Westminster Bridge is a road and foot traffic bridge over the River Thames in London, linking Westminster on the north side and Lambeth on the south side.
The bridge is painted predominantly green, the same colour as the leather seats in the House of Commons which is on the side of the Palace of Westminster nearest the bridge. This is in contrast to Lambeth Bridge which is red, the same colour as the seats in the House of Lords and is on the opposite side of the Houses of Parliament.
In 2005–2007 it underwent a complete refurbishment, including replacing the iron fascias and repainting the whole bridge. It links the Palace of Westminster on the west side of the river with County Hall and the London Eye on the east and was the finishing point during the early years of the London Marathon.
The next bridge downstream is the Hungerford footbridge and upstream is Lambeth Bridge. Westminster Bridge was designated a Grade II* listed structure in 1981.
For over 600 years, the nearest bridge to London Bridge was at Kingston. A bridge at Westminster was proposed in 1664, but opposed by the Corporation of London and the watermen. Despite further opposition in 1722 and after a new timber bridge was built at Putney in 1729, the scheme received parliamentary approval in 1736. Financed by private capital, lotteries and grants, Westminster Bridge, designed by the Swiss architect Charles Labelye, was built between 1739–1750.
The City of London responded to Westminster Bridge by removing the buildings on London Bridge and widening it in 1760–63. The City also commenced work on the Blackfriars Bridge, which opened in 1769. Other bridges from that time include Kew Bridge (1759), Battersea Bridge (1773), and Richmond Bridge (1777).
The bridge was required for traffic from the expanding West End to the developing South London as well as to south coast ports. Without the bridge, traffic from the West End would have to negotiate the congested routes to London Bridge such as the Strand and New Oxford Street. Roads south of the river were also improved, including the junction at the Elephant & Castle in Southwark.
By the mid 19th century the bridge was subsiding badly and expensive to maintain. The current bridge was designed by Thomas Page and opened on 24 May 1862. With an overall length of Template:Convert and a width of 26 metres (88 ft), it is a seven-arch wrought iron bridge with Gothic detailing by Charles Barry (the architect of the Palace of Westminster). It is the oldest road bridge across the Thames in central London.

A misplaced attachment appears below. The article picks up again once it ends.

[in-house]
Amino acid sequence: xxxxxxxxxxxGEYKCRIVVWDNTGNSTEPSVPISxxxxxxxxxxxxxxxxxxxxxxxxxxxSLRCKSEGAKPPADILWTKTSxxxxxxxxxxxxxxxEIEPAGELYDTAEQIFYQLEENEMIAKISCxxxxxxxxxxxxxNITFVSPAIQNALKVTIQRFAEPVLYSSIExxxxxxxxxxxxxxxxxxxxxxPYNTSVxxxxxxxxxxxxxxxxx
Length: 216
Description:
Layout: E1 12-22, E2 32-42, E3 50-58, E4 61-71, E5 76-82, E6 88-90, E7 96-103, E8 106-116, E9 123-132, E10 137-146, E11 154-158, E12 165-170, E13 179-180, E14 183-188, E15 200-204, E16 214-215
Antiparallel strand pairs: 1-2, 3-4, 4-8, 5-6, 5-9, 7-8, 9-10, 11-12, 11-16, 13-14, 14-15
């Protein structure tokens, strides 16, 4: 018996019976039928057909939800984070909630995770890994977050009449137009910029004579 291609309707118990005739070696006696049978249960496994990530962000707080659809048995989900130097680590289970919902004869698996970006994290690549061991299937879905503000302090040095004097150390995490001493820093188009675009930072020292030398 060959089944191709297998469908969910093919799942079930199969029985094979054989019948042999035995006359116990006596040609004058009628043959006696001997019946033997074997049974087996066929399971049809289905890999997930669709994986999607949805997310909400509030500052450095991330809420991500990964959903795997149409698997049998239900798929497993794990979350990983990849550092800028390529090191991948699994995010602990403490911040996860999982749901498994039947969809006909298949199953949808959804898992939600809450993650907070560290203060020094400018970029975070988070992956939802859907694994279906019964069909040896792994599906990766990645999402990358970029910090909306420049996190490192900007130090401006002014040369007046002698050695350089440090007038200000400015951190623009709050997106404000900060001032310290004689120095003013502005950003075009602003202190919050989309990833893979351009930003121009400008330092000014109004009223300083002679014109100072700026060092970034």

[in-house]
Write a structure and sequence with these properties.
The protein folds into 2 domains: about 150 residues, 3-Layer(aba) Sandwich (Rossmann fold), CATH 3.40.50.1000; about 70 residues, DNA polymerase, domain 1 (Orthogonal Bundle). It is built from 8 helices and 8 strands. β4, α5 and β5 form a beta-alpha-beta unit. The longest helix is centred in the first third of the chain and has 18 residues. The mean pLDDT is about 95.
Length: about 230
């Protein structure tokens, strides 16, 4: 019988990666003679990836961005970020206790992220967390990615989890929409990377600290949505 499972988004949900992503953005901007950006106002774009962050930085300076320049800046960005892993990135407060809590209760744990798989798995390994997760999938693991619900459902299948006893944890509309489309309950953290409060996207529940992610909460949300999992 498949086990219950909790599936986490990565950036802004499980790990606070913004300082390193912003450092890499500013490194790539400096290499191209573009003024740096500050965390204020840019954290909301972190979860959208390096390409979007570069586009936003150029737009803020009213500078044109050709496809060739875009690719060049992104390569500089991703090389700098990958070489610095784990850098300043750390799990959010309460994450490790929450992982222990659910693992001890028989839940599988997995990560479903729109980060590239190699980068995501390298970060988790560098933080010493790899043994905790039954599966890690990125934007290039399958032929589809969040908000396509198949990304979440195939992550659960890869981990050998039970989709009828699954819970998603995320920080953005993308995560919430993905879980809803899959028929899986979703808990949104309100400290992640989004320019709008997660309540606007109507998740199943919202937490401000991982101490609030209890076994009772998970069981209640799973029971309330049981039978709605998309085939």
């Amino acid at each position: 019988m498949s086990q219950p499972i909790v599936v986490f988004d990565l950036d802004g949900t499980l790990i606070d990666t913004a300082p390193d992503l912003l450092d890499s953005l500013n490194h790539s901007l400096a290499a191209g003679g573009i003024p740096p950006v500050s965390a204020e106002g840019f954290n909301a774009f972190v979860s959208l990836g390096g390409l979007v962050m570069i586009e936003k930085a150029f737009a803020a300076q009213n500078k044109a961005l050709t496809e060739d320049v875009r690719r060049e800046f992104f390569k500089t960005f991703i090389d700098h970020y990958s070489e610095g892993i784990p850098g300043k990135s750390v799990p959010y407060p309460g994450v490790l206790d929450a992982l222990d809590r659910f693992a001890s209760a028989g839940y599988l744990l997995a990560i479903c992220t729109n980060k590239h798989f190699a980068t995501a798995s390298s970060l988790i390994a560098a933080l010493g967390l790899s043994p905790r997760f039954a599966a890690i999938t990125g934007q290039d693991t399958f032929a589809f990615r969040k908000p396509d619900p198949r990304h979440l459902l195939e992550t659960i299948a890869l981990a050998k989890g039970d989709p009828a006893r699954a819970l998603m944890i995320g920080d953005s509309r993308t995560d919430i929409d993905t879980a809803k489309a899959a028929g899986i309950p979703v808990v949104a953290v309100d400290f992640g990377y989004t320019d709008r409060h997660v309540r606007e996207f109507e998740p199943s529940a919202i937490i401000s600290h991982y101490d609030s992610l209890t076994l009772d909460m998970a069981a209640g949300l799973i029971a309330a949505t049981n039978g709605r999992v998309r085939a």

- Canaletto - Westminster Bridge, with the Lord Mayor's Procession on the Thames - Google Art Project.jpg
The first Westminster Bridge as painted by Canaletto, 1746
- Westminster Bridge 1750.jpg
Westminster Bridge, around 1750. The proprietors of the bridge had to pay compensation to the operators of the earlier 'Horseferry', and to local watermen
- Westminster Bridge and Lambeth Bridge 1897.jpg
Map of 1897, showing Lambeth Palace, Lambeth Bridge, the Houses of Parliament and Westminster Bridge
- Rocque Vauxhall and Westminster (cropped).png
Westminster & Lambeth, 1746. Westminster Bridge, opened in 1740, connects Westminster to Lambeth; Huntley Ferry crosses the river on the site of the future Vauxhall Bridge
- Joseph Mallord William Turner, English - The Burning of the Houses of Lords and Commons, October 16, 1834 - Google Art Project.jpg
The Burning of the Houses of Lords and Commons by J. M. W. Turner, 1835, with Westminster Bridge on the right
- London - Lanterns on Westminster Bridge.jpg
Street lamps on the bridge
In popular culture
In the 2002 British horror film 28 Days Later, the protagonist awakes from a coma to find London deserted, and walks over an eerily empty Westminster Bridge whilst looking for signs of life.
Westminster Bridge is the start and finish point for the Bridges Handicap Race, a traditional London running race.
William Wordsworth wrote the sonnet Composed upon Westminster Bridge, 3 September 1802.
In the British science fiction TV series Doctor Who, Westminster Bridge has been used for various location shots. It was used originally in 1964 in the serial The Dalek Invasion of Earth which depicts the structure as desolate and deserted. Several Daleks are seen gliding over the bridge and the adjoining Albert Embankment. The location was then re-used by the production team when the series was revived in 2005 where the Ninth Doctor and Rose Tyler run across the bridge in the episode Rose. Then, in 2013, the Eleventh Doctor and Clara Oswin cross the bridge on a motorbike in the episode The Bells of Saint John. It is also the name of a track in the Doctor Who Soundtrack album.
The bridge plays a prominent role in the Monty Python's Flying Circus sketch "Nationwide" ("Hamlet", Episode 43). Reporter John Dull (Graham Chapman) is sent to the bridge to find out if it is possible to sit in a chair and rest your legs whenever you want. A policeman (Michael Palin) confiscates his chair, saying it is stolen from a woman (Terry Jones in drag) who is standing across the street. Instead of giving the chair back to the woman, the policeman knocks her down and takes an identical chair from her and sits beside the reporter. He then takes different items from people walking or sitting nearby, finally breaking into a store (the crash of glass breaking is heard followed by the sound of an alarm) to get beer.
In the 2007 film 102 Dalmatians, Cruella de Vil goes mad after she hears the sound of Big Ben, and while on Westminster Bridge she sees everything white with black spots (the pattern of Dalmatians).
The final scene of the film Queen of the Damned shows Jesse and the Vampire Lestat walking across the Westminster Bridge towards Big Ben.